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Where Are You Going To Put Your Energy?

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Author: Melissa Harvey

When I first started going through the divorce process, I think that I probably wasted an extraordinary amount of time and energy stressing about those things that I could not control. Things like whether or not my ex would be made to pay adequate child support. We had originally agreed on a number, but unbeknownst to me, he had been hoarding cash, a fact that I didn't discover until later on.

He works for a corporation that bears his name. He is its sole employee, and it's a corporation that at that time, made an unusual amount of money for being a one man operation. I had previously done his books, I had worked for this company, and I knew that he made a lot more than he was admitting.

You all know that a corporation is its own separate entity, so he had the company paying him X amount per year (on paper), and he was the only one who had access to its bank accounts, books, etc. He controlled everything that that company did with its money. The court did not check as to just whether or not what he had on paper was in fact accurate, and if any checking was to be done, the court let me know that it was I who had to foot the bill to get it done.While we were in the court process, he had purchased a Porche 911 (that he hid from myself and our children for two years), and a Mercedes ML350 (he's since moved up to the G500).

That being said, I learned after a mere two times in court, that he actually could hide the details of his finances from a judge, I learned that no one would make him disclose those details unless I brought up the specifics, and that I had absolutely no control over what was going to happen in court with regard to how it would see his finances. I learned that he could submit his financial statements to the court the morning of our court date instead of submitting them within 30 days of his being served, and there would be no penalty for his doing so. I learned that although I played by the rules as relayed to me by the system, that same system taught him that he didn't have to abide by any rules but his own, and I learned that there would be no penalty to him for doing so.

Between paying a lawyer to twiddle her thumbs and make idiotic comments in the chair beside me and having enough nerve to charge me for her complete incompetence, and the court not recognizing that a man on his "salary" couldn't possibly afford the things that my ex now owned (which, besides the cars, included a million dollar penthouse), I decided that enough was enough.

I felt like a pawn. I felt as though I was on some kind of TV show, in which everyone knew the objective of this surreal game, but me. I felt as though the judge and the lawyers were actually actors, hired to play their roles to the extreme, and someone was eventually going to jump out of a closet somewhere and tell me that I'd been punked. No such luck. This was crazy, and this was real.

So I opted out. I decided that this was causing way too much stress in my life, and in the lives of my children, and I couldn't control it. If the money was that important to him, he could keep it. I had to spend that energy and that time on something that I could control. Few things are worse than finding yourself in a situation where someone else has a hand on your emotional compass, your mental well being, and your destiny...your financial destiny in particular.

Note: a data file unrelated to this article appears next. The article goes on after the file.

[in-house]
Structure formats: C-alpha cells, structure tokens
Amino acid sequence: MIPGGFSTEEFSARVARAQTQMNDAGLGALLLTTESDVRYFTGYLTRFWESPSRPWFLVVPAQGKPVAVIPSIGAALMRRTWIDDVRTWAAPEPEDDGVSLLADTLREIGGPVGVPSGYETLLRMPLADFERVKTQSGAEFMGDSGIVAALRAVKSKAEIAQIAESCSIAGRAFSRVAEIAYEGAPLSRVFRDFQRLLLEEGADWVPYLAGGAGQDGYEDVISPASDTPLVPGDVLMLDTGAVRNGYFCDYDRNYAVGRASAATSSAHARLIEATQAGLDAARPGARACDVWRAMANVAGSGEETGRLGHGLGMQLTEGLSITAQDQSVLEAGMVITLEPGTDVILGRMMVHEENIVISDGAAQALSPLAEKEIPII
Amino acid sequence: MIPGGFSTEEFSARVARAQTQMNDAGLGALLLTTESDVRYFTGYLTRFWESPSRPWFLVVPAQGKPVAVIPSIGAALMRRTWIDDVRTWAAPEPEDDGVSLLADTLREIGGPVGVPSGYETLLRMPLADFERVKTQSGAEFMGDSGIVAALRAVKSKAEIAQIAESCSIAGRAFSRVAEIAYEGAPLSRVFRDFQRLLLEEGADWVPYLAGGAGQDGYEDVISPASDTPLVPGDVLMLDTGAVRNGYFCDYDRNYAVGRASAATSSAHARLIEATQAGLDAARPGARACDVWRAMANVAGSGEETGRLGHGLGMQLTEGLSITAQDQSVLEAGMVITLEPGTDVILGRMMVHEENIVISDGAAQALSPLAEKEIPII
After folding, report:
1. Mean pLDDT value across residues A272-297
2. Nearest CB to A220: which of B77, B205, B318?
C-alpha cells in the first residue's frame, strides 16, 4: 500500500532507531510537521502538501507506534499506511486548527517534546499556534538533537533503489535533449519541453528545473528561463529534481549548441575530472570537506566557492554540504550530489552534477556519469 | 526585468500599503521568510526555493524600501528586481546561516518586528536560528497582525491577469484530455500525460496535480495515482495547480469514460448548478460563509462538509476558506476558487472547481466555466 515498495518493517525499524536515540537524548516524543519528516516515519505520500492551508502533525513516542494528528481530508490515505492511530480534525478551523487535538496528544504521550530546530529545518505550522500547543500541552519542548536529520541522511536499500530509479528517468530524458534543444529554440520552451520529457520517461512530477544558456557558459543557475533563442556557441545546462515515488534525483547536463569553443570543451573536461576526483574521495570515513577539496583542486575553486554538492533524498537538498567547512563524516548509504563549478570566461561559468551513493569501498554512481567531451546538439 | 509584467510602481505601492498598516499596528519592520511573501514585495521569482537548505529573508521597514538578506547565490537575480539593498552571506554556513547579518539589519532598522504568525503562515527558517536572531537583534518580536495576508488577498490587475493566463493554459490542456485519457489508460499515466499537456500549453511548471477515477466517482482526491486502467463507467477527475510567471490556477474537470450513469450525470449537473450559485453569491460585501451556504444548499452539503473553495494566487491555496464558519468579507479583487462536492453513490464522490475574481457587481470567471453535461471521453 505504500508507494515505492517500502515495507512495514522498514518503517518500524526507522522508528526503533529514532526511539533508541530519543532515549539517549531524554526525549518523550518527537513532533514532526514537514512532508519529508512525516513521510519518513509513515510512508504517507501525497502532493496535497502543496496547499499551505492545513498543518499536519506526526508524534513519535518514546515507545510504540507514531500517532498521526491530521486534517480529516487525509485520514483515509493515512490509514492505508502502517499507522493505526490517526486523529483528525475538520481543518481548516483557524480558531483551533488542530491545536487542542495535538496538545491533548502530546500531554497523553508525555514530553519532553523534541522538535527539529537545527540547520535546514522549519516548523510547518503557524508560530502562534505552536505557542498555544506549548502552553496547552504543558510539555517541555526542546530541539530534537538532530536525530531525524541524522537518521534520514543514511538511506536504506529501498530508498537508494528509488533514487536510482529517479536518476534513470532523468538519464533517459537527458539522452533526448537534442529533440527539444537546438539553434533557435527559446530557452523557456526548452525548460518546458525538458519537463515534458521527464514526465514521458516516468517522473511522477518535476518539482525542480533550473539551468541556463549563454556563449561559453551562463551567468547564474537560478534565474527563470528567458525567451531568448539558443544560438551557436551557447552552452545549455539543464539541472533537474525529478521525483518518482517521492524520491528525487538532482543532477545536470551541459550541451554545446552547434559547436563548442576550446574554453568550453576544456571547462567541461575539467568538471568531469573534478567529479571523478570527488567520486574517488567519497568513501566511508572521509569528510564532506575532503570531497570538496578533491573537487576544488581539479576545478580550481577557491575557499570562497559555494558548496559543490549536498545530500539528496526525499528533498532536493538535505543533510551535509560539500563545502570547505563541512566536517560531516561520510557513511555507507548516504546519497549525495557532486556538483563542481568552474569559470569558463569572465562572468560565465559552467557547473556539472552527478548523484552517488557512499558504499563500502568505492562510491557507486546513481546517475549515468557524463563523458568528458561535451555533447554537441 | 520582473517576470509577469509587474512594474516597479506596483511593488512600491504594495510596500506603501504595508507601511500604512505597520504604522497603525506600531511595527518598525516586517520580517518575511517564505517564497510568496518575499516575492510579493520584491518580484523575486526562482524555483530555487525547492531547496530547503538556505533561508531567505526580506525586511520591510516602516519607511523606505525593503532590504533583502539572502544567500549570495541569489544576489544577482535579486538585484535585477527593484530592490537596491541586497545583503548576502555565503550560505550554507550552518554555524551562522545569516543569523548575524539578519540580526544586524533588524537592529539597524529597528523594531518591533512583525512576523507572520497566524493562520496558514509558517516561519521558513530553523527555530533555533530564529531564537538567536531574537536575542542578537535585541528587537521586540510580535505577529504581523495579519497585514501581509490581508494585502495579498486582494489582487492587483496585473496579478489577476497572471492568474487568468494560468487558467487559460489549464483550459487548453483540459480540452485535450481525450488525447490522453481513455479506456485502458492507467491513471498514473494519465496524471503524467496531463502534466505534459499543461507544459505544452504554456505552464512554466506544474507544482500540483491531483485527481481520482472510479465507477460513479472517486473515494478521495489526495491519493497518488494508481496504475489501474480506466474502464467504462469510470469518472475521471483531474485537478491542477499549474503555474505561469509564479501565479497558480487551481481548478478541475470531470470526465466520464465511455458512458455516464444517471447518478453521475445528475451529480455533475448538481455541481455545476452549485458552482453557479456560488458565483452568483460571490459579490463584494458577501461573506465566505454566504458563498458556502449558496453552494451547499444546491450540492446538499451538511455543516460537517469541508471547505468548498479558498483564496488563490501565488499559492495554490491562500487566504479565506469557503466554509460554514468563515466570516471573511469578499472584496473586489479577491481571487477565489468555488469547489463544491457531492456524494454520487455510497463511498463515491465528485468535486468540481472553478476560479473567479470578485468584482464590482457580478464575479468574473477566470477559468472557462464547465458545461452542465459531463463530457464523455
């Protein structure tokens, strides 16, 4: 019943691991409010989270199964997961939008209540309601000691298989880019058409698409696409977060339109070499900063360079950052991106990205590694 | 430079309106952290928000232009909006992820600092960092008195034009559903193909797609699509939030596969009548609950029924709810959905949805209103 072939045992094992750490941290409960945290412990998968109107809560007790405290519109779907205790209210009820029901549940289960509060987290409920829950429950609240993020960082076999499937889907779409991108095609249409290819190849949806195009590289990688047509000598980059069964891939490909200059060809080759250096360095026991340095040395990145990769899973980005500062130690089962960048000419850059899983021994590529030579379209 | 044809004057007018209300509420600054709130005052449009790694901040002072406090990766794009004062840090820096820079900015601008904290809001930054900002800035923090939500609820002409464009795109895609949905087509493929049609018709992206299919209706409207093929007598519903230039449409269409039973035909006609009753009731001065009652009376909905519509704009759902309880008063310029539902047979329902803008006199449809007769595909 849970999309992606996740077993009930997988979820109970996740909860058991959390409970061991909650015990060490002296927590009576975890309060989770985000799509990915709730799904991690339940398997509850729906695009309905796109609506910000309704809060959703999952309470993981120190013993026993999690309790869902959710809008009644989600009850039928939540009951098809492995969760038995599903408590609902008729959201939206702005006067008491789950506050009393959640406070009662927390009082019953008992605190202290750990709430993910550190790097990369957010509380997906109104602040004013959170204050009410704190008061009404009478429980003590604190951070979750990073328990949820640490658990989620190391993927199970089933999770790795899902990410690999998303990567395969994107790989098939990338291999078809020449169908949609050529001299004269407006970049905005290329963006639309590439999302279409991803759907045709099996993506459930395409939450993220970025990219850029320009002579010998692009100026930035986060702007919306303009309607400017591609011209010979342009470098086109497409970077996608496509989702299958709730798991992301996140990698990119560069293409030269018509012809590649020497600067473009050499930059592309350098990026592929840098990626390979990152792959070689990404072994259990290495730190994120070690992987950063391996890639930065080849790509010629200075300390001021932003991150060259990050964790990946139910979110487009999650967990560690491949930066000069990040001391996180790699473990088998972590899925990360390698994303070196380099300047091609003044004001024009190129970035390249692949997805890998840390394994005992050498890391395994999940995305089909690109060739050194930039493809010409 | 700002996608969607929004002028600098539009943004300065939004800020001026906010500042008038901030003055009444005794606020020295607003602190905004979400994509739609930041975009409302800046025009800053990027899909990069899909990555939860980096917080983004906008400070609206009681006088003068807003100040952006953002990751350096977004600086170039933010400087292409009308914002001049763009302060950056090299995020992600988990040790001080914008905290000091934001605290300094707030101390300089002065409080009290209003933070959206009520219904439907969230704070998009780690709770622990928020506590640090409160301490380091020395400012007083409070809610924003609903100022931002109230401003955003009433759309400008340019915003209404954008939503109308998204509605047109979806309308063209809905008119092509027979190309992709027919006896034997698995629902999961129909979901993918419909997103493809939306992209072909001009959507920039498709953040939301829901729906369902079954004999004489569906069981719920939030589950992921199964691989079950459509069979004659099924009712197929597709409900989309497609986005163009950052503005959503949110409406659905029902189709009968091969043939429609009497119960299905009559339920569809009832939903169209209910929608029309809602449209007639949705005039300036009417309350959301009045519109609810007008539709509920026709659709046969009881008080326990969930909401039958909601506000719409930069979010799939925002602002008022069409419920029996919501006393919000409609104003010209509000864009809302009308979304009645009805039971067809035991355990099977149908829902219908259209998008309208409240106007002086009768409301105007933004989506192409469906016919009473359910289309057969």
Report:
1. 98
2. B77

If you're going to go through the process, realize this; you MUST behave as though no one has the best interests of yourself and your children in mind. You must realize that this process is going to dictate your every thought, your every move, your every mood, and ultimately, the very well-being of your children for as long as you let it, and you must decide for it worth it?

Do you know what IS worth it? Working on getting your financial act together. Working on getting something for yourself that only you control is worth it. Here's the lesson that I learned; regardless of what we think is right, society teaches us that money (and having it) is important. I've learned that as a divorced woman it is especially important. I learned that I had to put all of my immediate energy into making my own money.

Do whatever it takes to have something of your own. Don't make the mistake that I made in thinking "He would never do that to his children." Granted, he might not. And if he doesn't...great. Even if he proves himself to be an honorable man, you still need to be self-reliant. I know that what I'm saying makes sense to you, or you wouldn't have made it to the bottom of this article. Believe me, no one else is going to do it for you. From the depths of my heart, I can't stress it enough.

Thanks for reading.

To Your Success!

Melissa Harvey.

Copyright 2006 Melissa Harvey All Rights Reserved

About the Author

Melissa Harvey is a divorced mother of two. She believes that "as divorced women, we must consider first and foremost, our own emotional, mental, and financial well-being. If we don't have those things, we don't have much." Start considering your own financial well-being at Email Melissa at

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